A running thread through successful enterprises is the ability and progress of its people. By setting up performance objectives, employers and employees can align expectations and be on the same page as to how performance will be monitored.
We will break down everything you need to know about how to transform your business using performance objectives, from defining the term to ways to overcome challenges that you may face along the way.
1. What Are Performance Objectives?
2. Performance Objectives: In Business
3. Performance Objectives: Key Terms
7. Examples & Elements of Performance Objectives
8. Steps to Better Performance Objectives
9. Performance Objectives are Key
Performance objectives are goals that employers define for employees to help achieve business goals. The purpose of communicating these objectives to employees is so that employees can understand how their responsibilities and actions affect the overall business. Furthermore, employers have a go-to guide as to how to assess an employee’s work at any given time.
When employees and employers discuss and outline key performance objectives, it allows employees to gain a sense of ownership over their work. Once thep personal KPIs have been established, the next step is to use them to prioritise work and assess performance. In most cases, business leaders and managers will have check-ins to review an employee’s performance on a monthly, quarterly or annual basis. Upon meeting to review progress, having the performance objectives already outlined makes it easy to remain objective and provide actionable recommendations.
As such, it’s a best practice to design objectives to be SMART, which means they are: smart, measurable, achievable, relevant and time-bound. Knowing what a performance objective is not is as important as knowing what it is. They are not meant to be tasks, or specific job description bullets. Instead, an employee conducts work activities, or actions they do when performing a job. The performance objective is a definition of the outcome of said work activity.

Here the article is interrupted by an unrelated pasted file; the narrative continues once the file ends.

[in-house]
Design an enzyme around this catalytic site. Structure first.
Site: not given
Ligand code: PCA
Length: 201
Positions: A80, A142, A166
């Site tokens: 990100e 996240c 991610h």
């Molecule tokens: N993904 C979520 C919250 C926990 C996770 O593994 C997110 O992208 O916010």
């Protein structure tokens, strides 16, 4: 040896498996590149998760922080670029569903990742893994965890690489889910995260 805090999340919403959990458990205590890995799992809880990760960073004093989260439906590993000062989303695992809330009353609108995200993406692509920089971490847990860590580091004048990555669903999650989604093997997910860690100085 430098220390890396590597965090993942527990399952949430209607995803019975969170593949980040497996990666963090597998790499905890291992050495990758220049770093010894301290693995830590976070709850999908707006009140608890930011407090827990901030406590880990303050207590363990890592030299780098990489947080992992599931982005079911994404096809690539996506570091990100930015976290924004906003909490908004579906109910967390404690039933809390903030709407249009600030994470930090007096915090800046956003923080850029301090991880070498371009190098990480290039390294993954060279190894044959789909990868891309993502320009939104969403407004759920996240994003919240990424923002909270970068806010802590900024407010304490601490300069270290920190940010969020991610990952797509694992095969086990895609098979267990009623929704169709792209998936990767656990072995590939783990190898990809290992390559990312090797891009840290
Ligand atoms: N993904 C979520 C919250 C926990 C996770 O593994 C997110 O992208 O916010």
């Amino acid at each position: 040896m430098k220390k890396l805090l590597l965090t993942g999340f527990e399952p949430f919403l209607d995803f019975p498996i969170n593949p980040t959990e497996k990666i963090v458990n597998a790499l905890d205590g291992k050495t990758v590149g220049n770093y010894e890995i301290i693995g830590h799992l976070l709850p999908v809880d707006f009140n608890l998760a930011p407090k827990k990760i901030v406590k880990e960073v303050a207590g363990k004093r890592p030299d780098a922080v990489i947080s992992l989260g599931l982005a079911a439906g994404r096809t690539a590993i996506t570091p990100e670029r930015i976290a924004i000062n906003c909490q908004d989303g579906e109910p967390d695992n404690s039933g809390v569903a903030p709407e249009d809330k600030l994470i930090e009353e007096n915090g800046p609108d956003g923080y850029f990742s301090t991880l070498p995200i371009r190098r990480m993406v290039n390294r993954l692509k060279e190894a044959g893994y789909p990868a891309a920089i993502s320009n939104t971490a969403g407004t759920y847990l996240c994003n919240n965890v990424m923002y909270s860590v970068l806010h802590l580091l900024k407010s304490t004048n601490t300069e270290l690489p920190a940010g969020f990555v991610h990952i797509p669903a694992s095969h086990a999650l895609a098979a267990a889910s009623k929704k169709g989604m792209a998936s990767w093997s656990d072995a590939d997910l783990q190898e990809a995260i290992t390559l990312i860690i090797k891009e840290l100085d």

Performance objectives can be used for employees in any department within your organisation. Here’s a look at some examples based on department:
There are some key terms that can help when outlining and communicating objectives between managers and employees.
Let’s take a look at five key performance objectives.
Customers, employees and stakeholders look for quality in a product and/or service. It’s one of the primary attributes of what makes a customer value what your business offers, and in turn, helps to reduce turnover. This means that your business offering must be consistent and meet the standards and expectations every time. By focusing on quality, organisations can help to eliminate waste, better satisfy customers and boost growth potential. One simple way to ensure quality outputs is to automate and standardise processes.
Speed refers to the turn-around time between customer contact and business reply. Whether it’s the speed of delivering a tangible good or resolving a customer complaint, it can make or break a business and its reputation. It’s also a way to differentiate your business from the competition. Given equal quality, the faster to market provider will win every time! Automation tools help to eliminate bottlenecks, alert employees of potential problems in advance, and produce results in a timely manner.
Dependability comes down to being reliable and trusted by your customers. When a client knows what to expect and that said product or service will be delivered as promised, they are more likely to return and recommend your offering to others. It’s a key measurement as a performance objective because it helps to ensure that employees are aligned with overall business objectives. Automation tools can aid in ensuring a dependable service because you can leverage big data to track progress and assess KPIs in real-time.